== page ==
Inside Bryan Harsin's first month as Auburn football coach and what comes next

Josh Vitale
Montgomery Advertiser

A typical day for Bryan Harsin during his first month as Auburn's football coach started at 5:30 a.m. and didn't end until nearly 11:30 p.m.

He spent the better part of those 18 hours talking. With coaches via FaceTime, trying to vet whether they would be good fits for the staff he was putting together. With Auburn's players, trying to shake their hands and form relationships. With recruits, too, making sure he and his staff took none of them for granted.

"It’s really been about getting the right people, trying to make the right connections and doing that in a way that those first impressions are extremely important," Harsin said via Zoom on Thursday. "We’re not there yet. There’s still a lot of connections we have to make. There’s still a lot of things we have to do as far as getting this thing where we want it."

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Harsin completed his first big task on Thursday, though, when he hired Bert Watts to coach outside linebackers and coordinate special teams. That move completes a 10-man staff of on-field assistants.

"The cohesiveness is being built," Harsin said. "It’s awesome to watch these guys work together."

Now, Auburn really can get into next phase of the build toward the 2021 season: "Install and establish the culture and the things we want to do schematically with our guys and really start diving into getting prepared."

Bryan Harsin's Auburn football coaching staff

Auburn has done some of that. Harsin said coaches had a chance Sunday to introduce themselves and their families more formally to players and address the team.

During cornerbacks coach Zac Etheridge's three- to four-minute speech, which likely covered his journey back from a broken neck to captain the Tigers' 2010 national championship team, Harsin said "the hair on the back of my neck stood up."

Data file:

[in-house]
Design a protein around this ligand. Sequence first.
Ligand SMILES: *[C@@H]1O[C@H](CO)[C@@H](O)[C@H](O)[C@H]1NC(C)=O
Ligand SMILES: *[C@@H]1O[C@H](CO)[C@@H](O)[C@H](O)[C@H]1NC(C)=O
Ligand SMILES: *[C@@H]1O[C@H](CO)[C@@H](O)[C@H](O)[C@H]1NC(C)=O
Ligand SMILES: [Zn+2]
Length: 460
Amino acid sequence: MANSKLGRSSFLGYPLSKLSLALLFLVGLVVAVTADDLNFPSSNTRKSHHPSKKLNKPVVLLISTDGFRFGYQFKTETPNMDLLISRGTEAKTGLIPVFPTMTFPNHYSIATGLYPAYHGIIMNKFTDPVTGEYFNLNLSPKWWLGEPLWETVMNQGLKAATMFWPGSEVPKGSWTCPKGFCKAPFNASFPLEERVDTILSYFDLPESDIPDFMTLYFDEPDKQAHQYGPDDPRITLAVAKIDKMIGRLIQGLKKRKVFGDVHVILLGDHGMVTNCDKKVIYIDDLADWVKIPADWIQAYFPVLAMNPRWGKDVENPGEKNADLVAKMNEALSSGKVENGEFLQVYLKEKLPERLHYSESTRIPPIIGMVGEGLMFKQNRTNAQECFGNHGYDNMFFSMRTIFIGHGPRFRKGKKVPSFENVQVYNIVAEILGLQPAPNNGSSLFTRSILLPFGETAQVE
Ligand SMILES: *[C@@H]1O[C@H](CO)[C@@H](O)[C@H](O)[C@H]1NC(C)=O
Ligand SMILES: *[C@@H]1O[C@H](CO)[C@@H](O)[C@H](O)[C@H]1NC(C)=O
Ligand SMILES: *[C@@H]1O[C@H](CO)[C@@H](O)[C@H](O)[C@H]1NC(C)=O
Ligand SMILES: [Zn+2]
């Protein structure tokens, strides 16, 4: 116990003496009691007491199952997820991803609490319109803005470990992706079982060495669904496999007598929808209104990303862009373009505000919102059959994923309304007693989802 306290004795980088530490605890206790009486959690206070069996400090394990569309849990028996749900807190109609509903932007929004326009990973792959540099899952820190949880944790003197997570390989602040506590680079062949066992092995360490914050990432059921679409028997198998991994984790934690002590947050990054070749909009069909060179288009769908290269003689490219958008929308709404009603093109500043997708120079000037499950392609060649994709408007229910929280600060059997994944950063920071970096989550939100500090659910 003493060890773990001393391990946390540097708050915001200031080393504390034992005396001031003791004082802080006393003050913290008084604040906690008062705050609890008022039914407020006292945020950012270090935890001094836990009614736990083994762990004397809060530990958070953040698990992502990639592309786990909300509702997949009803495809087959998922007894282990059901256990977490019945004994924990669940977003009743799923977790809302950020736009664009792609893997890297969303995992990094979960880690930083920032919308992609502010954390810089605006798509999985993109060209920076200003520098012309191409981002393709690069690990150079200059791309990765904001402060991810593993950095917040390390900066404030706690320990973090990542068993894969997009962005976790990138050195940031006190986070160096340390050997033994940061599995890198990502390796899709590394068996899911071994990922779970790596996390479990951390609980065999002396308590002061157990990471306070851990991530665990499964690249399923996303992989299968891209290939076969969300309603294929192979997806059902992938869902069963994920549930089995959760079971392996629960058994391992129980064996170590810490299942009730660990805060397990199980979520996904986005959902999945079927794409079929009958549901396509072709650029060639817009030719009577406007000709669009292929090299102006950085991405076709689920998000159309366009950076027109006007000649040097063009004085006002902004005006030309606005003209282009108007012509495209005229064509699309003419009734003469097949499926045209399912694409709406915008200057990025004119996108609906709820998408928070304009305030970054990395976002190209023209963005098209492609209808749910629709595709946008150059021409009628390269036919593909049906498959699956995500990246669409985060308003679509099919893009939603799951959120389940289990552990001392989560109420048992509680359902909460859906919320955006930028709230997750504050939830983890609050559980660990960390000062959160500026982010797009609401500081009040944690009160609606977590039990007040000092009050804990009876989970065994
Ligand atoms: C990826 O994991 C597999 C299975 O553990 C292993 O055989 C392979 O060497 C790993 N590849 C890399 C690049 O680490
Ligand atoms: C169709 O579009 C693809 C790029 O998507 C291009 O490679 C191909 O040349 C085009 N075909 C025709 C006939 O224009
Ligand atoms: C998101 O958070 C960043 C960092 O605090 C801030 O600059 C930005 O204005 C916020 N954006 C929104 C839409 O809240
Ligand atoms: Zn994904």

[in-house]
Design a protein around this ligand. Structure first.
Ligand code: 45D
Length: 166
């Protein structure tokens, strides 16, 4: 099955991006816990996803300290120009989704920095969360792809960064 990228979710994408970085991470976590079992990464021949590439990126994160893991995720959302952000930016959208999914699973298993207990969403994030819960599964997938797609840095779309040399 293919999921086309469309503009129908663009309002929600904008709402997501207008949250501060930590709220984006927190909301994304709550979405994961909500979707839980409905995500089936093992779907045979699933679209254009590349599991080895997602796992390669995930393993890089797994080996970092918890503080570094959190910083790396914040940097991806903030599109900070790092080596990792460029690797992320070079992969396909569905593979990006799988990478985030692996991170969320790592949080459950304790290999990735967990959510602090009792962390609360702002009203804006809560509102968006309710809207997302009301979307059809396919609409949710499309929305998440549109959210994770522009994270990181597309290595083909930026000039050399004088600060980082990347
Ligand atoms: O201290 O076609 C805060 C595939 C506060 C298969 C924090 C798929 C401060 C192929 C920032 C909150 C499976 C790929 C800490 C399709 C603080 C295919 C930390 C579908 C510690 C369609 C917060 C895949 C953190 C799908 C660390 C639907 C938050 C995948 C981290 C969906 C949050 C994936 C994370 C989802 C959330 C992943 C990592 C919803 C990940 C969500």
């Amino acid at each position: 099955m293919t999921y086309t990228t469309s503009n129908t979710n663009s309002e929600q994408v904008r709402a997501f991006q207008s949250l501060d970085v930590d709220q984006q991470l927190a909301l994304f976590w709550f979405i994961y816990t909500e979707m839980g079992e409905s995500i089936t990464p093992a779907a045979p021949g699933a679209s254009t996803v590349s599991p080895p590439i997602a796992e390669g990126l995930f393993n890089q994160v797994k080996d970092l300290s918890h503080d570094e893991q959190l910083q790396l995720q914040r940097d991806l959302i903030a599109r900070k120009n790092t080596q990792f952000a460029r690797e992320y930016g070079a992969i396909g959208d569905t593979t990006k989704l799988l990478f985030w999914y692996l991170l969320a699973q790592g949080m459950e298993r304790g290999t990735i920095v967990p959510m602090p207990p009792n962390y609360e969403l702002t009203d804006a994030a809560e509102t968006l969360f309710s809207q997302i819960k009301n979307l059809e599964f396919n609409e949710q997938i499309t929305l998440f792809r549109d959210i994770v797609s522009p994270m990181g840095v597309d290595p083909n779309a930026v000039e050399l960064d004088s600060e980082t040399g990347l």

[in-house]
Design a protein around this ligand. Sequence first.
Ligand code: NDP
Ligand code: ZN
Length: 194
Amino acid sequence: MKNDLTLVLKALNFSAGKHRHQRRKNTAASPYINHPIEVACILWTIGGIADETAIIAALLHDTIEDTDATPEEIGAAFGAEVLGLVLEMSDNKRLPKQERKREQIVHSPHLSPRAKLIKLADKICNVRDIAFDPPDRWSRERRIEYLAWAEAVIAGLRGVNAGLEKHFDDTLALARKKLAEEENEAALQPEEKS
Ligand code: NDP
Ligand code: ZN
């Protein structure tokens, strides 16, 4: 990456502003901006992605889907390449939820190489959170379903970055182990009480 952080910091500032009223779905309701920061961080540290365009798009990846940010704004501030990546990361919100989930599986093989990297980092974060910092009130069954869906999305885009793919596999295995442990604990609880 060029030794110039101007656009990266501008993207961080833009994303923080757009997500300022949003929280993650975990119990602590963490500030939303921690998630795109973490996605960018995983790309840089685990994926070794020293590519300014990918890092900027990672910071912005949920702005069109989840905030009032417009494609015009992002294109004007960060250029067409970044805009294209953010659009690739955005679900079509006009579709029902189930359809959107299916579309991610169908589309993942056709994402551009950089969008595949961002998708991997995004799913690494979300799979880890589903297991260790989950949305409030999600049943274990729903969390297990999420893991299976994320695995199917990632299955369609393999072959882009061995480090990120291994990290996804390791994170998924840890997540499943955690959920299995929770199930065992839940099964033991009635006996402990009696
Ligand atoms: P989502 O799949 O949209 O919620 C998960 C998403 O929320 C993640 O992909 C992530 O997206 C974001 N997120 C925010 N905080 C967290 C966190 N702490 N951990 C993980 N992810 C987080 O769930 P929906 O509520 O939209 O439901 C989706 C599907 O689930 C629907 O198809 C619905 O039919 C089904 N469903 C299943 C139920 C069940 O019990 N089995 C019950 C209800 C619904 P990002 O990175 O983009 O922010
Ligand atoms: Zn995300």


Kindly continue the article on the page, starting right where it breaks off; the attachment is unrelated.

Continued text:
The work truly begins Monday, though, when players will begin their offseason conditioning program, led by new strength coach Jeff Pitman, who followed Harsin from Boise State.

The now-completed coaching staff, meanwhile, will continue its efforts on the recruiting trail. Auburn signed only 11 players during December's early signing period andhas double-digit scholarships it can offer before national signing day Feb. 3.

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Harsin outlined Auburn's needs as "Offensive line, running back, corner, safety, defensive backfield, linebacker, D-line," so, pretty much everything. He said there's a good chance some of those scholarships might be held to see how things play out in the transfer portal with the proposed one-time transfer rule set to be voted on by the NCAA at some point.

Bryan Harsin talking with members of local media at his press conference in Auburn on Dec. 24, 2020.

Then there are the football decisions: Harsin said offensive coordinator Mike Bobo will call the plays on offense, but they still need to blend their philosophies together and come up with exactly what that offense will be. Defensive coordinator Derek Mason's scheme is multiple, so he'll need to take stock of what players the Tigers have and figure out where they fit best.

"The offensive and defensive staff rooms are right next to each other, so now the coaches are listening a little bit to what the defense and offense is doing," Harsin said. "That’s the fun part about putting things in and being able to go compete against each other in the spring."

Practice will start sometime in mid-March, Harsin said, with plans for the annual A-Day spring game not yet finalized. There is plenty of work to be done before then.

"It’s probably never quick enough for anyone," Harsin said. "But now that we have a chance to fill out our staff, get a few more positions, that’s going to give me an opportunity now to get out and do some more things as far as what we have to accomplish."

Josh Vitale is the Auburn beat writer for the Montgomery Advertiser. You can follow him on Twitter at @JoshVitale. To reach him by email, click here.